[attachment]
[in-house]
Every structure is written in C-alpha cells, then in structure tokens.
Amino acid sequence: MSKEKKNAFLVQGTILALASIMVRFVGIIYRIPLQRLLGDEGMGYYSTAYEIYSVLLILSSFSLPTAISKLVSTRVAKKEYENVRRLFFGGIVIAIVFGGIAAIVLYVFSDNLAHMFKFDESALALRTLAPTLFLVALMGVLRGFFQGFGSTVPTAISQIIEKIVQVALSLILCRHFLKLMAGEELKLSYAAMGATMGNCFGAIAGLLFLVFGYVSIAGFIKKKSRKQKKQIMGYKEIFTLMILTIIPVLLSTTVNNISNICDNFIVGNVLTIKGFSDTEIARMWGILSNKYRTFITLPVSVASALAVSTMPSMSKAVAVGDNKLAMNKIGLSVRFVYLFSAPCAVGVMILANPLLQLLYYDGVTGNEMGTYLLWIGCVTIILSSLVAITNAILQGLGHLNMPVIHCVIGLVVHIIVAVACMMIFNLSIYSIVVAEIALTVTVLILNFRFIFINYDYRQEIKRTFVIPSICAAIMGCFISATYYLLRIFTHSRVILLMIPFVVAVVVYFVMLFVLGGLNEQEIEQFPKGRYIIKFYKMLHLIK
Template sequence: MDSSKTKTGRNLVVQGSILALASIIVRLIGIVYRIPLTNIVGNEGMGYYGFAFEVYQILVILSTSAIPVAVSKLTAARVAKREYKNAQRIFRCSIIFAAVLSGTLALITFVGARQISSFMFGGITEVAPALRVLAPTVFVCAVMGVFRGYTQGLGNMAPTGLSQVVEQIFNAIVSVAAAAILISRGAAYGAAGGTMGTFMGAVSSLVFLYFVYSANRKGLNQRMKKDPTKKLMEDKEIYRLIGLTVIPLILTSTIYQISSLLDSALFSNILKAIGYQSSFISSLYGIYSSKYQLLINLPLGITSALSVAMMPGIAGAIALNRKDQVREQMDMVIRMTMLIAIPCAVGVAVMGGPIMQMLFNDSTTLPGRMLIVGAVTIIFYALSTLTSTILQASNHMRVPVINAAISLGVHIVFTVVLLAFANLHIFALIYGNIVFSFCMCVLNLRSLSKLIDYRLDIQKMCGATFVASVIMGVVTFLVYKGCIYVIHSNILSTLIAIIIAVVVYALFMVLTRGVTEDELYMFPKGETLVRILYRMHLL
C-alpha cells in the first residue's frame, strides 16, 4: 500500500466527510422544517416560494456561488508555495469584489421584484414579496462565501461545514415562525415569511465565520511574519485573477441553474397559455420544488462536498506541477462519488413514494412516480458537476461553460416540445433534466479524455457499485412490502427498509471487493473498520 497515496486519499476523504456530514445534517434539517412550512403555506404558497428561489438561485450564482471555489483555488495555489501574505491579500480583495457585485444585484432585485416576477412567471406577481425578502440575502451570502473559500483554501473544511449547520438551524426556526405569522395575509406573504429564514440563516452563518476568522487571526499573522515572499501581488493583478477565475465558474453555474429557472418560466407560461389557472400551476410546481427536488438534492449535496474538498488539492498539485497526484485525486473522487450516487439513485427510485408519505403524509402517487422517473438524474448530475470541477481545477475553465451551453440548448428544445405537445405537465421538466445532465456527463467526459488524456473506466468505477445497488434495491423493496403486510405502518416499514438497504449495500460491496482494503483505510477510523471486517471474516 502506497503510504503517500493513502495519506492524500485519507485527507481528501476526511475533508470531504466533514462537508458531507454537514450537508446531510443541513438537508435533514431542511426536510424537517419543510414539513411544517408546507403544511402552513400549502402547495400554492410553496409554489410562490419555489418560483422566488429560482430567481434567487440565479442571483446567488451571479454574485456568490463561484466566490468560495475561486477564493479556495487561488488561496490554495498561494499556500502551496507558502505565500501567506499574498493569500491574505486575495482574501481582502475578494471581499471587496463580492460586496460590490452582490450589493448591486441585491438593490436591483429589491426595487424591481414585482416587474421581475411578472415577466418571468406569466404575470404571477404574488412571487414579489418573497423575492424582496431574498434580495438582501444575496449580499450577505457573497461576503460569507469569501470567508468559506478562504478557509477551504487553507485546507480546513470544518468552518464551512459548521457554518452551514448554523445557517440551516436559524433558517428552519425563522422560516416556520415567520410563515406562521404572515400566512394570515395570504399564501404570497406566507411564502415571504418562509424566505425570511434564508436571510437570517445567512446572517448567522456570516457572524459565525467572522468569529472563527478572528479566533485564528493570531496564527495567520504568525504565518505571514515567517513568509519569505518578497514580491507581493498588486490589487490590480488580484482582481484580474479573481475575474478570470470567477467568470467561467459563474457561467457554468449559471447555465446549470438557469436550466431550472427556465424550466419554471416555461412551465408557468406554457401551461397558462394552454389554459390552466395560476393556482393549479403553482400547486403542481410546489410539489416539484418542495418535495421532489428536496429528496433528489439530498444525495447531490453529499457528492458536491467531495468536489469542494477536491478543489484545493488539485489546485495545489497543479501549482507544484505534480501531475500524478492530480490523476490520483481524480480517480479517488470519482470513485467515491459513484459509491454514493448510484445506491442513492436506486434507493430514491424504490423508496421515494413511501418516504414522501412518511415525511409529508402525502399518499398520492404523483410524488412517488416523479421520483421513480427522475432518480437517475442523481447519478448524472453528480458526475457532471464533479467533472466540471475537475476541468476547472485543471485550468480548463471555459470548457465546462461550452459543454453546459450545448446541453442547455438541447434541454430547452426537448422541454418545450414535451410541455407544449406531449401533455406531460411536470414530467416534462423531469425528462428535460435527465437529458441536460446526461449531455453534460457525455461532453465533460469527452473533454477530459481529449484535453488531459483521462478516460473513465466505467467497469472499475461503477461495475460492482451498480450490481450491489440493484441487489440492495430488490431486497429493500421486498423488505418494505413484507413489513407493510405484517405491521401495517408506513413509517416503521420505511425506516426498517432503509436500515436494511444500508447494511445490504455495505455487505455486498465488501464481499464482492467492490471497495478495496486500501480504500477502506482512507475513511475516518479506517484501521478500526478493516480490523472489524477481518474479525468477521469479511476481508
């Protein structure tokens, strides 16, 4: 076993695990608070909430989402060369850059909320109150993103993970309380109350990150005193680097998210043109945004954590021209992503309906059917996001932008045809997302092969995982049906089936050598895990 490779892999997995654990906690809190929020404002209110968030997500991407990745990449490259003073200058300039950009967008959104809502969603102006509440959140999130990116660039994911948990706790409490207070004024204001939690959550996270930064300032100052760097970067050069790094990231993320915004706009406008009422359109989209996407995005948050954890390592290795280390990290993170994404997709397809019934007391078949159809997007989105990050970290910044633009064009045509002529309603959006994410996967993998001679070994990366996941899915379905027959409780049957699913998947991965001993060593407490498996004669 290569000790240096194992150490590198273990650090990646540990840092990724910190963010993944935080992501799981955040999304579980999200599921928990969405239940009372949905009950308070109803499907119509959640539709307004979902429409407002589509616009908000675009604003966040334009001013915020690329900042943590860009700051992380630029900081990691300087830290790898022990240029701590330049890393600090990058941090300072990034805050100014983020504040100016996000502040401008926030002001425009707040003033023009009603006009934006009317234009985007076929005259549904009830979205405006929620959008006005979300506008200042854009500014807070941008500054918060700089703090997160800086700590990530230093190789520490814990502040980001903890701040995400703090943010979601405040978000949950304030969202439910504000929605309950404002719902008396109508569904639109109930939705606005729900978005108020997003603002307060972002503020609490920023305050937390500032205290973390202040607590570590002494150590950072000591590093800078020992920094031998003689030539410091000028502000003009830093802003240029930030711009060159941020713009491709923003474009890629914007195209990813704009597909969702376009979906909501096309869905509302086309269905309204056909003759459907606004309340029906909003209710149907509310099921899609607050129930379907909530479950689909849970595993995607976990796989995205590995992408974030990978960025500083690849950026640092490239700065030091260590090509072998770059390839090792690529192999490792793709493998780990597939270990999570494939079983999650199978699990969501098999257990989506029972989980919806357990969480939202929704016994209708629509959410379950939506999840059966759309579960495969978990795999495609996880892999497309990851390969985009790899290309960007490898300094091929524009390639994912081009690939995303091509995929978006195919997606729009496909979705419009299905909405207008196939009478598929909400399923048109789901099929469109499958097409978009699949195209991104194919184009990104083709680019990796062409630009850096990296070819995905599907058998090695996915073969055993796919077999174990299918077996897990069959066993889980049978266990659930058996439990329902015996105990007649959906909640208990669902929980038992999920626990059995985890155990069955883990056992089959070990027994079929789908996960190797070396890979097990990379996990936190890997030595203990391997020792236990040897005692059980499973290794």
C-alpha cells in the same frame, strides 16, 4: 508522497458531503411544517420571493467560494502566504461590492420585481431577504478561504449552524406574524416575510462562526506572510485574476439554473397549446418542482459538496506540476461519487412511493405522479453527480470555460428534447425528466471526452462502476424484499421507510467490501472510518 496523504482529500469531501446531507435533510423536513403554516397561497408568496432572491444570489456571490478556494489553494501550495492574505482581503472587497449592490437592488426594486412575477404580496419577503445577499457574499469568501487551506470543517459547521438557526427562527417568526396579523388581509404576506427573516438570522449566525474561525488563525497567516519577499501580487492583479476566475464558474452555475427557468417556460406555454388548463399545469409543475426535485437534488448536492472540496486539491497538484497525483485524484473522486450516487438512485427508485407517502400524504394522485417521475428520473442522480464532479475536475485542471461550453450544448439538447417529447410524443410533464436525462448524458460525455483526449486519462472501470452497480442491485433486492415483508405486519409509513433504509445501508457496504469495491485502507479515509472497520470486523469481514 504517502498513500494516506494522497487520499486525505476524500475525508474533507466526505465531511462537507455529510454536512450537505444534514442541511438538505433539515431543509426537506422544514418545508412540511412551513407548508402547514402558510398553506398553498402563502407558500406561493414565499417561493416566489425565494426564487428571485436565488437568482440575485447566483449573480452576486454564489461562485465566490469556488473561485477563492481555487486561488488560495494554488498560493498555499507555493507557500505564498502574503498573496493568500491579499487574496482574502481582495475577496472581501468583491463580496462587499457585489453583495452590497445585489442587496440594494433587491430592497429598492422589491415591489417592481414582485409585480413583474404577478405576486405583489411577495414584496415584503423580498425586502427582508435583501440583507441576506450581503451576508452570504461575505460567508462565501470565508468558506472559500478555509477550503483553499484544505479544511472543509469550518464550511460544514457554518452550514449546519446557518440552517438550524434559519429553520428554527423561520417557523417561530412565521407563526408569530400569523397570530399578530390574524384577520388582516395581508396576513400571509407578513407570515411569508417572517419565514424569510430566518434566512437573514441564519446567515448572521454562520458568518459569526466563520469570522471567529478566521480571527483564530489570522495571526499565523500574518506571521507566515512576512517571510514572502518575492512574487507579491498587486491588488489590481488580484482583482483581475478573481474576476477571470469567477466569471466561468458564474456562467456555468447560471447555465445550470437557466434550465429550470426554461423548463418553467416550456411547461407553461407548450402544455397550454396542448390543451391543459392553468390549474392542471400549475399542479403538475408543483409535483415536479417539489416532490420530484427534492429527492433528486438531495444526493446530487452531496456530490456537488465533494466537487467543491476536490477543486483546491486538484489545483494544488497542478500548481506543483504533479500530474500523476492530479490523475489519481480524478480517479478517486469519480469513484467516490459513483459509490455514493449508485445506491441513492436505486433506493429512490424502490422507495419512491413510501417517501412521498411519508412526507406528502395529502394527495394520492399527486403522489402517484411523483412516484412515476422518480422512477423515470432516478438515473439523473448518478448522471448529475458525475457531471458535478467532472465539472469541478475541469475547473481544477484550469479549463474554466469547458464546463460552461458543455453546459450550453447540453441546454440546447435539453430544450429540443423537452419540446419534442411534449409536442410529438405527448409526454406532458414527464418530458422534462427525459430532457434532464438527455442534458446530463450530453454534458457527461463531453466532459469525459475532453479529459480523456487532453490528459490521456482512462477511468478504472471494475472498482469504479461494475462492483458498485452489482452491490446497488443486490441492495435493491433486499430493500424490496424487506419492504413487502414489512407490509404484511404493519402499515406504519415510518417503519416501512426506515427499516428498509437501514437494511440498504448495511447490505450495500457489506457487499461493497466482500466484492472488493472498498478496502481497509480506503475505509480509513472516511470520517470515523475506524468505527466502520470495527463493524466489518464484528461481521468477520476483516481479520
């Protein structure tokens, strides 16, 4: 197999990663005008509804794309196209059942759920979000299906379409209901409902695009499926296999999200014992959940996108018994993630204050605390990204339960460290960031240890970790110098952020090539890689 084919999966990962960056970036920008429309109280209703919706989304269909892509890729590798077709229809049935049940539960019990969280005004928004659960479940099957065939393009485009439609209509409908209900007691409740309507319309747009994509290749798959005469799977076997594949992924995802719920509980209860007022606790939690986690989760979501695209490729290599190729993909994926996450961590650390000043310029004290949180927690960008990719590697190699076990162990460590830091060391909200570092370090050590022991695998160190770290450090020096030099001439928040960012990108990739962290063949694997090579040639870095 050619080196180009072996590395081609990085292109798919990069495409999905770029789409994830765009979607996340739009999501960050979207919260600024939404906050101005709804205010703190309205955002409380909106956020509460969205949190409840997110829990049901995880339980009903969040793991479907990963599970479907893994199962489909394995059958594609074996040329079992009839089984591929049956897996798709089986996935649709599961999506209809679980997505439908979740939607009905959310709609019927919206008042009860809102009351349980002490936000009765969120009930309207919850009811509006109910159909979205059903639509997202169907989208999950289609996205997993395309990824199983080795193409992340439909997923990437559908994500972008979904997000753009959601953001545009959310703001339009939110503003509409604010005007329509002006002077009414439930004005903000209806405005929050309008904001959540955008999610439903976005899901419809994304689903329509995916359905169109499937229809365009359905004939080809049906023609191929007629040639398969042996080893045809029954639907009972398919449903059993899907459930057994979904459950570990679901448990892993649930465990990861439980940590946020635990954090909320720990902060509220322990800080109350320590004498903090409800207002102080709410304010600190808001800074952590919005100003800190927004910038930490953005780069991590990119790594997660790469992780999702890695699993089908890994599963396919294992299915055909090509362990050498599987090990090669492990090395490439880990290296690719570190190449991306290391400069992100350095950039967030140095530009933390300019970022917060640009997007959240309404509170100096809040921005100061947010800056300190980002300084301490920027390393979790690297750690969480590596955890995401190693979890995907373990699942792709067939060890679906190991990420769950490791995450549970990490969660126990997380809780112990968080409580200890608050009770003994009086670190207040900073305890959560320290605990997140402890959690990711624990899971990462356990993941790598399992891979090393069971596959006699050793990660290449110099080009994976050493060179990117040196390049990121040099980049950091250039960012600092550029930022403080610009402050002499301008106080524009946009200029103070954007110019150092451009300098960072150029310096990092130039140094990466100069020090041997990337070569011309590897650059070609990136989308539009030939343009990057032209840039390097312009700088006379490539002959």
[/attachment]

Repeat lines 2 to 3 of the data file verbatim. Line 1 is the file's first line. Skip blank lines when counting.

Every structure is written in C-alpha cells, then in structure tokens.
Amino acid sequence: MSKEKKNAFLVQGTILALASIMVRFVGIIYRIPLQRLLGDEGMGYYSTAYEIYSVLLILSSFSLPTAISKLVSTRVAKKEYENVRRLFFGGIVIAIVFGGIAAIVLYVFSDNLAHMFKFDESALALRTLAPTLFLVALMGVLRGFFQGFGSTVPTAISQIIEKIVQVALSLILCRHFLKLMAGEELKLSYAAMGATMGNCFGAIAGLLFLVFGYVSIAGFIKKKSRKQKKQIMGYKEIFTLMILTIIPVLLSTTVNNISNICDNFIVGNVLTIKGFSDTEIARMWGILSNKYRTFITLPVSVASALAVSTMPSMSKAVAVGDNKLAMNKIGLSVRFVYLFSAPCAVGVMILANPLLQLLYYDGVTGNEMGTYLLWIGCVTIILSSLVAITNAILQGLGHLNMPVIHCVIGLVVHIIVAVACMMIFNLSIYSIVVAEIALTVTVLILNFRFIFINYDYRQEIKRTFVIPSICAAIMGCFISATYYLLRIFTHSRVILLMIPFVVAVVVYFVMLFVLGGLNEQEIEQFPKGRYIIKFYKMLHLIK